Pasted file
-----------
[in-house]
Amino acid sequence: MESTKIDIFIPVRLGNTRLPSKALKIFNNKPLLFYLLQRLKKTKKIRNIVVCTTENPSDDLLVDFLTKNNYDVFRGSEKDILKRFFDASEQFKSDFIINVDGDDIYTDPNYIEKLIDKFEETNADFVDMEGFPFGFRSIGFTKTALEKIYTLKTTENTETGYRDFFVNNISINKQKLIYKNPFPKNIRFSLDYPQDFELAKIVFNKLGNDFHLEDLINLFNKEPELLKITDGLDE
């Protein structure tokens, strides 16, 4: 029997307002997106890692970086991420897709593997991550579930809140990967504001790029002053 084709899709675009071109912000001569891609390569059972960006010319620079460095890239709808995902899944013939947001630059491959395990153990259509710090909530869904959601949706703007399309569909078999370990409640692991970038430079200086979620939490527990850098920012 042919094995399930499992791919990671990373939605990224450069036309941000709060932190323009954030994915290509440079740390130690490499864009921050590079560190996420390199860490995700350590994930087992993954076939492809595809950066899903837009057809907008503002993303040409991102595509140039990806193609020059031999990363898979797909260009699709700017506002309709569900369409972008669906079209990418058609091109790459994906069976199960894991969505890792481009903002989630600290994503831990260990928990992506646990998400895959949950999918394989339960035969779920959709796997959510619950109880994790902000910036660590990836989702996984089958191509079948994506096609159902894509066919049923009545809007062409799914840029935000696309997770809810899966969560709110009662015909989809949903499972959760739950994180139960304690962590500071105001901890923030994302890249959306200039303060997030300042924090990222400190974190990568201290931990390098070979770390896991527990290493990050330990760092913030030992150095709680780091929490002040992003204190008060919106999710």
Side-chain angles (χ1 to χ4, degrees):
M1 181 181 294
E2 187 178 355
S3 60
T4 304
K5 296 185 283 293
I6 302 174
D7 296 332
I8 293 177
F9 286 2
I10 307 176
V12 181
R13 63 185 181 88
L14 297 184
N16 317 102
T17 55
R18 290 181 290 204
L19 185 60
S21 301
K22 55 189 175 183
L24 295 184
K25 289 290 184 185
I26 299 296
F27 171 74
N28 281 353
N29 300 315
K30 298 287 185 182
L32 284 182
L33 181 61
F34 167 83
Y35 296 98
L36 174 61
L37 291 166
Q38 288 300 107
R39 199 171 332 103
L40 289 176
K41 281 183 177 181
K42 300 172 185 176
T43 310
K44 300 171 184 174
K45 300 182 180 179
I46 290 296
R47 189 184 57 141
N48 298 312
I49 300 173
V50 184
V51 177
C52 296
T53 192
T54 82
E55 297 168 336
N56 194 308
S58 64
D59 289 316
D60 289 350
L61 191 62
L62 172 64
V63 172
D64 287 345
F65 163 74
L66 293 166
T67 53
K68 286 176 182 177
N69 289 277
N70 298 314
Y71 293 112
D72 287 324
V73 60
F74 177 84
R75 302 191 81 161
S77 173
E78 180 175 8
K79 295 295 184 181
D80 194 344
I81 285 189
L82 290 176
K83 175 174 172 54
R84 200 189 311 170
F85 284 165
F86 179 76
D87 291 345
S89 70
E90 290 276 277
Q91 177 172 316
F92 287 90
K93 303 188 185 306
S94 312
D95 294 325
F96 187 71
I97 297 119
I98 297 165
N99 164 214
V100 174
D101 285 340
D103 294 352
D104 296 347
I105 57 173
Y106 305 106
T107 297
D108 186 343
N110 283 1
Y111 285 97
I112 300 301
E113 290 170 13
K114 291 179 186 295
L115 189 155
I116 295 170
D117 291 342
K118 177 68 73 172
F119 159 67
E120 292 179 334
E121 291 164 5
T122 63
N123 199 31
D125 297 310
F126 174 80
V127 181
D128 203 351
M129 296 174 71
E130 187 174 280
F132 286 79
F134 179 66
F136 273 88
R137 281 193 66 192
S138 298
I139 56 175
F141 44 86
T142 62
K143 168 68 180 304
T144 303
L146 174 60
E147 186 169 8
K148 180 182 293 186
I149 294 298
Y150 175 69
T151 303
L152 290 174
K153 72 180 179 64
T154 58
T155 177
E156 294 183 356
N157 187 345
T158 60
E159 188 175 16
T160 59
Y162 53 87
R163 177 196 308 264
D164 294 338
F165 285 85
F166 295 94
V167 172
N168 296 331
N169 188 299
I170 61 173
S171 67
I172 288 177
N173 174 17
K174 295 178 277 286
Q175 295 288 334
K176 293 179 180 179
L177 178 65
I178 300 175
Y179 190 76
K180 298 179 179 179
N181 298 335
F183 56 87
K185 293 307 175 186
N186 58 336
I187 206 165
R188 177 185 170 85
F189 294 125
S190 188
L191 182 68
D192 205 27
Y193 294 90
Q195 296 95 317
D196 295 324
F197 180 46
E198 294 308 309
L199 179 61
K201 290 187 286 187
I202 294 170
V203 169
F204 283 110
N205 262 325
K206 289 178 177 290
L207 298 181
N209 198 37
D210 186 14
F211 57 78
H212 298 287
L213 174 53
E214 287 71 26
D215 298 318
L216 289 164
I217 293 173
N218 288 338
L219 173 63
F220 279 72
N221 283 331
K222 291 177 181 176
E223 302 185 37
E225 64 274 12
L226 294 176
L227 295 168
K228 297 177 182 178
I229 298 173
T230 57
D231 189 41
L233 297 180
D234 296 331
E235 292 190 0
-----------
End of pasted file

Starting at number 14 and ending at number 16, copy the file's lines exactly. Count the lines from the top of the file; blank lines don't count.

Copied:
I10 307 176
V12 181
R13 63 185 181 88